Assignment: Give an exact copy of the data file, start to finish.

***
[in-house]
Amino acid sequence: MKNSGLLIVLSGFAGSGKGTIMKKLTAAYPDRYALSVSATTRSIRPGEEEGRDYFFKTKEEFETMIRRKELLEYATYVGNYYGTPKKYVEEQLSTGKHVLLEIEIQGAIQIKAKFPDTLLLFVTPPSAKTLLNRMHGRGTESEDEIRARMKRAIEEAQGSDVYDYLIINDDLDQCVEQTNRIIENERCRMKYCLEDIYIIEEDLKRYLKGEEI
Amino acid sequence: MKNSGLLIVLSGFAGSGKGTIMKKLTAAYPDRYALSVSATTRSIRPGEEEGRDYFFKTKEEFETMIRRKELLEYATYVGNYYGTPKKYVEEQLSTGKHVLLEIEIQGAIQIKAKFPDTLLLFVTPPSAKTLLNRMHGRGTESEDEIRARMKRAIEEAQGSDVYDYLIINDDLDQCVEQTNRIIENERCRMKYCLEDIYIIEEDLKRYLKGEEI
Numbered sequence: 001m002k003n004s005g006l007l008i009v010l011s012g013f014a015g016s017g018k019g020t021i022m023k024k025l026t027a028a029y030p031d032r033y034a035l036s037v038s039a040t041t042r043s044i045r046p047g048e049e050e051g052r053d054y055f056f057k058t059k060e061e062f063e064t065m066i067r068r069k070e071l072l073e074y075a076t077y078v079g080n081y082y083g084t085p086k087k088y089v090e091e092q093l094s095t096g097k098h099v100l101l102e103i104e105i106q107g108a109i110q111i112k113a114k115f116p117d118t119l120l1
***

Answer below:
[in-house]
Amino acid sequence: MKNSGLLIVLSGFAGSGKGTIMKKLTAAYPDRYALSVSATTRSIRPGEEEGRDYFFKTKEEFETMIRRKELLEYATYVGNYYGTPKKYVEEQLSTGKHVLLEIEIQGAIQIKAKFPDTLLLFVTPPSAKTLLNRMHGRGTESEDEIRARMKRAIEEAQGSDVYDYLIINDDLDQCVEQTNRIIENERCRMKYCLEDIYIIEEDLKRYLKGEEI
Amino acid sequence: MKNSGLLIVLSGFAGSGKGTIMKKLTAAYPDRYALSVSATTRSIRPGEEEGRDYFFKTKEEFETMIRRKELLEYATYVGNYYGTPKKYVEEQLSTGKHVLLEIEIQGAIQIKAKFPDTLLLFVTPPSAKTLLNRMHGRGTESEDEIRARMKRAIEEAQGSDVYDYLIINDDLDQCVEQTNRIIENERCRMKYCLEDIYIIEEDLKRYLKGEEI
Numbered sequence: 001m002k003n004s005g006l007l008i009v010l011s012g013f014a015g016s017g018k019g020t021i022m023k024k025l026t027a028a029y030p031d032r033y034a035l036s037v038s039a040t041t042r043s044i045r046p047g048e049e050e051g052r053d054y055f056f057k058t059k060e061e062f063e064t065m066i067r068r069k070e071l072l073e074y075a076t077y078v079g080n081y082y083g084t085p086k087k088y089v090e091e092q093l094s095t096g097k098h099v100l101l102e103i104e105i106q107g108a109i110q111i112k113a114k115f116p117d118t119l120l1